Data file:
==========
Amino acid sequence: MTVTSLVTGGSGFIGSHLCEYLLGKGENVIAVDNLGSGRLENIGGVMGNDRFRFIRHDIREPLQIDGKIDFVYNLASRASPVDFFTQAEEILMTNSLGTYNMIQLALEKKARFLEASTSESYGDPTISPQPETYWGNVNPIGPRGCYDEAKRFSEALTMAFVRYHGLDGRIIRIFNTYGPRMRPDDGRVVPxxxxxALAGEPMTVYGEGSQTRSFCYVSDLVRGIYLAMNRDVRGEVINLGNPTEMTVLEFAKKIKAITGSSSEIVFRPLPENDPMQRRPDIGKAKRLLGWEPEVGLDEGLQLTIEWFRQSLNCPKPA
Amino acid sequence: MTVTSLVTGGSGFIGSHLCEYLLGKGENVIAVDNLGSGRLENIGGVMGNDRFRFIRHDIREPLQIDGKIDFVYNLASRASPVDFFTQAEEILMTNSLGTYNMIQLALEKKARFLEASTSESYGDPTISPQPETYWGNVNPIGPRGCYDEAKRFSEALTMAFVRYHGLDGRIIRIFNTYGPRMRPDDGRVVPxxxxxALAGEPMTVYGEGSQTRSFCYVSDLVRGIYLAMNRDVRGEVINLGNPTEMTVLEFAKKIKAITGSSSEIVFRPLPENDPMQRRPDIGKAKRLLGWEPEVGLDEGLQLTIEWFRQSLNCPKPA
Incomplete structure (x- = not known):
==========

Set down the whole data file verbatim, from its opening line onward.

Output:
Amino acid sequence: MTVTSLVTGGSGFIGSHLCEYLLGKGENVIAVDNLGSGRLENIGGVMGNDRFRFIRHDIREPLQIDGKIDFVYNLASRASPVDFFTQAEEILMTNSLGTYNMIQLALEKKARFLEASTSESYGDPTISPQPETYWGNVNPIGPRGCYDEAKRFSEALTMAFVRYHGLDGRIIRIFNTYGPRMRPDDGRVVPxxxxxALAGEPMTVYGEGSQTRSFCYVSDLVRGIYLAMNRDVRGEVINLGNPTEMTVLEFAKKIKAITGSSSEIVFRPLPENDPMQRRPDIGKAKRLLGWEPEVGLDEGLQLTIEWFRQSLNCPKPA
Amino acid sequence: MTVTSLVTGGSGFIGSHLCEYLLGKGENVIAVDNLGSGRLENIGGVMGNDRFRFIRHDIREPLQIDGKIDFVYNLASRASPVDFFTQAEEILMTNSLGTYNMIQLALEKKARFLEASTSESYGDPTISPQPETYWGNVNPIGPRGCYDEAKRFSEALTMAFVRYHGLDGRIIRIFNTYGPRMRPDDGRVVPxxxxxALAGEPMTVYGEGSQTRSFCYVSDLVRGIYLAMNRDVRGEVINLGNPTEMTVLEFAKKIKAITGSSSEIVFRPLPENDPMQRRPDIGKAKRLLGWEPEVGLDEGLQLTIEWFRQSLNCPKPA
Incomplete structure (x- = not known):